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Top tips on TENs

By Andy Grimsey, senior consultant solicitor, Poppleston Allen

- Last updated on GMT

Top advice: tips on how to utilise TENs (image: Getty/buzbuzzer)
Top advice: tips on how to utilise TENs (image: Getty/buzbuzzer)

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We all know how useful temporary event notices (TENs) can be. Particularly in the years 2022 and 2023, when the Government has, in order to support business following Covid, increased the limits for TENs from a maximum of 15 per premises to 20, and a maximum aggregate number of days from 21 per premises to 26.

While we are on the subject of TENs limits, it is worth reminding ourselves of the other main limits. A personal licence holder can have up to 50 TENs per calendar year (obviously only 20 at one particular premises), and a non-personal licence holder can have a maximum of 5. Of these, a maximum of 10 and 2 can be late TENs, respectively. Standard TENs must be given with a clear 10 working days, and late TENs can only be given between nine and five working days prior to the event. In both these cases, the date of submission/giving of the notice (in other words, emailing it or using the Gov.uk system) and the day of the event itself must be disregarded.

So, give yourself a lot more notice than the minimum limits if you can. It allows for the ironing out of any technical issues and, heaven forbid, if your TEN is hopelessly defective, you could still submit a fresh one and be within the statutory time limits.

I cannot think of any circumstances in which issuing a late TEN would be preferable to issuing a standard TEN – putting aside the blood pressure-elevating nature of not knowing whether you are going to be able to have licensable activities at an event only nine to five working days before that event takes place, the police and environmental health have an absolute right of veto in the case of a late TEN, so you can add another 10 to your systolic and diastolic numbers.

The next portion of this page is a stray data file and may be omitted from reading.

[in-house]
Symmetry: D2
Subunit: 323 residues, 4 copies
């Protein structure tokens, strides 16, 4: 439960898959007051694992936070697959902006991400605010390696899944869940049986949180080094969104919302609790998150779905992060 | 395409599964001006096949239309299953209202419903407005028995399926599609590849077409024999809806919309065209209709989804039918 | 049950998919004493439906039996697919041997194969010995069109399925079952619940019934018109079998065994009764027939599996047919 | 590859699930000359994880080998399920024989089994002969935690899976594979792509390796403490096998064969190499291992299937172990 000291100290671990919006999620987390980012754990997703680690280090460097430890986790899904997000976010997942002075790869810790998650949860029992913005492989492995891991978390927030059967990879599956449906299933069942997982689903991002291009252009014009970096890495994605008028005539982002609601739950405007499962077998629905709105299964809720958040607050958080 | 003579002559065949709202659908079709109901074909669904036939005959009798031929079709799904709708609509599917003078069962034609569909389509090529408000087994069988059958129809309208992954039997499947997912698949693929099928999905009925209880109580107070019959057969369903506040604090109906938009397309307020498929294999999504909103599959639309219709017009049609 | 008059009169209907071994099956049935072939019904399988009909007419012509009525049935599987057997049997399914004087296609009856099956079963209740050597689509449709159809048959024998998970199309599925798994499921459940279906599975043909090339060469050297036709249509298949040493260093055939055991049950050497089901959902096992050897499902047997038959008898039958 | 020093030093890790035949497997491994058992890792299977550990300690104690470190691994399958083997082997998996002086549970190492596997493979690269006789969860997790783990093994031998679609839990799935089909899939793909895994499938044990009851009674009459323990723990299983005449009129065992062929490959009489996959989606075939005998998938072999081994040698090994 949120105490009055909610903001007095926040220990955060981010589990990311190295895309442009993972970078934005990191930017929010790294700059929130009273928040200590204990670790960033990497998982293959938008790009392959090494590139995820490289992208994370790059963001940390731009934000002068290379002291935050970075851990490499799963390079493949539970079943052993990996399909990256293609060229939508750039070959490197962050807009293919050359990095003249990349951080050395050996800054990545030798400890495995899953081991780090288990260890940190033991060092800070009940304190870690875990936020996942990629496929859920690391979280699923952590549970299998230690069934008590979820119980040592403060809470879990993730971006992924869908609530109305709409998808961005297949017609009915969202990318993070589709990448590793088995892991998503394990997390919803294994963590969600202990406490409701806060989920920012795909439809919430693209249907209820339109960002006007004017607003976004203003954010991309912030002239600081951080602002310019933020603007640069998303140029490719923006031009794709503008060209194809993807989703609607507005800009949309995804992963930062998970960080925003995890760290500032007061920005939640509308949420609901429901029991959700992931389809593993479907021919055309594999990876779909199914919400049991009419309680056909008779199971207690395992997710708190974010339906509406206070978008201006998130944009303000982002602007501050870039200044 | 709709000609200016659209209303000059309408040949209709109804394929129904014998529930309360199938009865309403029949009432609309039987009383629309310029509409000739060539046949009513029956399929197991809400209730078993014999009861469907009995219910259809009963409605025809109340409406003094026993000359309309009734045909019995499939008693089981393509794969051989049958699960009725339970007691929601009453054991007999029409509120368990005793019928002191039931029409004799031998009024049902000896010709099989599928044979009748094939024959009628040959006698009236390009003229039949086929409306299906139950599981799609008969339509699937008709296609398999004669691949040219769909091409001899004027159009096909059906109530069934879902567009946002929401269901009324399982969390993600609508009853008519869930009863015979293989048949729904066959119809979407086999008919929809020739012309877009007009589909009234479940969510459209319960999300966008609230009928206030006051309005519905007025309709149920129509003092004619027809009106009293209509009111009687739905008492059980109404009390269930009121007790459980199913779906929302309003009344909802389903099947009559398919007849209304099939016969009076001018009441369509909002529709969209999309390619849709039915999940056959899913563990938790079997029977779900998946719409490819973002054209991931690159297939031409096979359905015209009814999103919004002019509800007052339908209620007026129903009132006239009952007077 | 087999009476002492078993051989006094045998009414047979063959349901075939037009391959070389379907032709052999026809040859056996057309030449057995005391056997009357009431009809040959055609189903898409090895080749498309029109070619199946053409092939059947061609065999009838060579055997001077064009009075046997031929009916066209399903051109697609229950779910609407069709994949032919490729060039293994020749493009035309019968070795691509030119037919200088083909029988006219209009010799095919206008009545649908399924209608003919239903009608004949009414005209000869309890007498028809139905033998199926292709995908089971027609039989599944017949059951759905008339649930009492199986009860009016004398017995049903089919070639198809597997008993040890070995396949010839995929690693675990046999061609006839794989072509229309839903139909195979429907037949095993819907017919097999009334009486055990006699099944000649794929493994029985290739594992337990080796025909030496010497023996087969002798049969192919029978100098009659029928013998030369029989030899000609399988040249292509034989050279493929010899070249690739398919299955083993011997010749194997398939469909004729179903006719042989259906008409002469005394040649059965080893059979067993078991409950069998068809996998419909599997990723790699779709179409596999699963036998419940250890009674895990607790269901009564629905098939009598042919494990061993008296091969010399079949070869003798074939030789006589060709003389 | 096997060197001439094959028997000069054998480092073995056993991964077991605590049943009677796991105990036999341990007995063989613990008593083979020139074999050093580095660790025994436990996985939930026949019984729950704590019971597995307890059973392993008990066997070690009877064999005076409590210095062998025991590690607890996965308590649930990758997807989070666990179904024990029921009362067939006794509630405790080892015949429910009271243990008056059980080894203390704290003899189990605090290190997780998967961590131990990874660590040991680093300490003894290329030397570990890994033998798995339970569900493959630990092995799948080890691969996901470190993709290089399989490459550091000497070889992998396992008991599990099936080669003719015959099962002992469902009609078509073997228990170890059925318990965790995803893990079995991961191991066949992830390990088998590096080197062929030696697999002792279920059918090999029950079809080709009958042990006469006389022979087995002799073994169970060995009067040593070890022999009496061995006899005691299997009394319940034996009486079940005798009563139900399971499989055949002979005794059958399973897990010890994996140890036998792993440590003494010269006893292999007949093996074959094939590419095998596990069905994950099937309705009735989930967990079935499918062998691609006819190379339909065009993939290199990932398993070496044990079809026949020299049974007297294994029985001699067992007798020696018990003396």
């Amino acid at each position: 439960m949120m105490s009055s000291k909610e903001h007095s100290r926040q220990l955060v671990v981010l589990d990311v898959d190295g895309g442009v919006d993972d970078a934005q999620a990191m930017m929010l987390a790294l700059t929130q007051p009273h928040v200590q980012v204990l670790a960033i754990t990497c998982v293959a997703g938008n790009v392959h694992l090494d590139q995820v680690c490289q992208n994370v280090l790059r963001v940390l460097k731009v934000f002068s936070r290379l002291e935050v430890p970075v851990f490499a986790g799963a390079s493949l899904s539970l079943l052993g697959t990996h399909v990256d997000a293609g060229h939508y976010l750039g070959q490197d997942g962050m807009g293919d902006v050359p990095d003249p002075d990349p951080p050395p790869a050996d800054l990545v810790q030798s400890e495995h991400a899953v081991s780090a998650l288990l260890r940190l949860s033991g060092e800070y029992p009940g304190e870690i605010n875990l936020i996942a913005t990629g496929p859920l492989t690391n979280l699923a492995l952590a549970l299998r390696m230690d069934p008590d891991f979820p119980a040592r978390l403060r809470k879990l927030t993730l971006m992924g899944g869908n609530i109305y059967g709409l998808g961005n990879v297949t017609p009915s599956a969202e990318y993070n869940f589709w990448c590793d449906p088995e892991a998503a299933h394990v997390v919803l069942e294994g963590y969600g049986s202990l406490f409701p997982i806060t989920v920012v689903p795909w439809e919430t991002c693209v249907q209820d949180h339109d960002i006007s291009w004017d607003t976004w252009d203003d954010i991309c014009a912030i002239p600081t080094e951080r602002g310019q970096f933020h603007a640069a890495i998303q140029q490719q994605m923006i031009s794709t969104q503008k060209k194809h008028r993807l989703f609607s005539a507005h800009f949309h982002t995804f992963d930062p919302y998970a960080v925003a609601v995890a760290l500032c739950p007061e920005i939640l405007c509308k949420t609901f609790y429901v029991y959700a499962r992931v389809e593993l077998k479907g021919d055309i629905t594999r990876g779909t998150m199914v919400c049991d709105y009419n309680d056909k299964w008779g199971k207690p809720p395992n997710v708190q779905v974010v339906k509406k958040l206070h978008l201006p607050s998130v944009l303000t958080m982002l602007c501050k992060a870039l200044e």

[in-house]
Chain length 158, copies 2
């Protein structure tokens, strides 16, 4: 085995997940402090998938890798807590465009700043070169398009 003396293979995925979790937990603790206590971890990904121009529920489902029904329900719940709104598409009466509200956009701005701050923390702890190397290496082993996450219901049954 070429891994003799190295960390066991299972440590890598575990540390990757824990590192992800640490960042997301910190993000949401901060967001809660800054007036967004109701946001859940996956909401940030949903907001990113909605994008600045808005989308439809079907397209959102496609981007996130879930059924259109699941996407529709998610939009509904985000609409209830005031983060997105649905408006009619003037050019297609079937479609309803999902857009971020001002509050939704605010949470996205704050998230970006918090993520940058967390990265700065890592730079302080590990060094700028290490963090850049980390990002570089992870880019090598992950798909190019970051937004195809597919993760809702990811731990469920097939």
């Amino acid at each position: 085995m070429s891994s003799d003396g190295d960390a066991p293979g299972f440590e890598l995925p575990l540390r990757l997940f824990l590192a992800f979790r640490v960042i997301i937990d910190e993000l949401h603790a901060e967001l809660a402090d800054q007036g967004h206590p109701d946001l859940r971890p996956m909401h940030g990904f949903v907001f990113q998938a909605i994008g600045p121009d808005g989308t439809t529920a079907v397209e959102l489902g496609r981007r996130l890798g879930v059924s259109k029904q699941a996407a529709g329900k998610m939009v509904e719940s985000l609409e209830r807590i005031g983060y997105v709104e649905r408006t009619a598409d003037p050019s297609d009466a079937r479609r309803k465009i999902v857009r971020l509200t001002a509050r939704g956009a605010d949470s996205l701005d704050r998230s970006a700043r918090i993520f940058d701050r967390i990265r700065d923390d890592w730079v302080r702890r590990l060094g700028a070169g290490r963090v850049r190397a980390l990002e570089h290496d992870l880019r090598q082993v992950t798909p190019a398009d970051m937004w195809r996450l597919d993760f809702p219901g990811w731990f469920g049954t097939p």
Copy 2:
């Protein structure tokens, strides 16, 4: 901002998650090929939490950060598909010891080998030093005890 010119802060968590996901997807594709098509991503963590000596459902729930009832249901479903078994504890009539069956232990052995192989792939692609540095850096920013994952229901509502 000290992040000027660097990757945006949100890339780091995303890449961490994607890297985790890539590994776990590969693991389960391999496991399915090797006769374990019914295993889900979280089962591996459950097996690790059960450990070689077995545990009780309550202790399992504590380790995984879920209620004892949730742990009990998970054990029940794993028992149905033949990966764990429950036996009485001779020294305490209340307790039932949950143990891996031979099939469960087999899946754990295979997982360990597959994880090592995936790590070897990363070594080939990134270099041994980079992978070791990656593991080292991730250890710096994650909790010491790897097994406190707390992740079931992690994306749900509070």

Try and plan ahead where possible and have a chat with the police or environmental health if you feel they need a little reassurance.

There is some room (although not nearly enough) on the TENs form to offer reassurances which are not themselves conditions. So, for example, you can indicate that you will continue with your normal number of door staff if you are applying to extend your current hours, or that you will have noise measures or patrols in place, or that there will be 30 minutes drinking up time. Anything that helps the TEN go through without an objection is likely to assist.

If the police or environmental health are not happy with your TEN notwithstanding your reassurances, if it is a standard TEN, they can issue an objection notice. Without getting into the nitty-gritty, this can either end up with a hearing, you withdrawing the TEN, or sometimes relevant conditions on any related premises licence being added to the TEN to satisfy the authorities’ concerns.

Remember that if your TEN straddles two days, so, for example, from 11pm on one night to 1am the next day, this will count as two days towards your aggregate number of days (currently 26, but this will revert to 21 days again in the calendar year 2024 and onwards, unless the Government brings in further legislation).

A word of caution regarding on and off-sales. Your TEN is a temporary authorisation. This includes the hours you have said you want licensable activities, but also describes the extent of the premises to which the TEN applies. If you do not describe this accurately, or you do not think through the consequences of how you describe it, you may get your fingers burnt.

Take, for example, a marquee in a pub garden. If you just want the marquee authorised by a TEN, and describe that as the premises, ticking only the “on” box for the sale of alcohol, then legally speaking customers who buy alcoholic drinks in the marquee cannot leave the marquee with their drinks to wander into the main garden or perhaps the pub building itself. This may be the subject of some legal debate, but the last thing you want is for an Officer to be querying it on the day of your event. Much better to tick on and off-sales and not have to worry.

Another thing to bear in mind is the interaction between the use of TENs and existing premises licences, if you are thinking of carrying out licensable activities under both at the same time. Again, taking the marquee as an example, if your TEN just covers the marquee but there is a condition on your premises licence that says customers cannot consume alcohol in the rear garden after 9pm, then your customers leaving the marquee with their drinks might put you in breach of your premises licence condition (not the TEN) by wandering into your garden at 9.30pm.

If your capacity limits allow, it might be better to apply for a TEN for the main pub building, the beer garden and the marquee all in one (obviously assuming that the total number of people including staff is not over 499) to avoid any unintended consequences.

I always say to our trainees that TENs have the potential to be one of the most complicated aspects of licensing law and many years of practice have not changed my mind. Thankfully, most Authorities are sensible and pragmatic. Long may that continue.

Related topics: Licensing Hub

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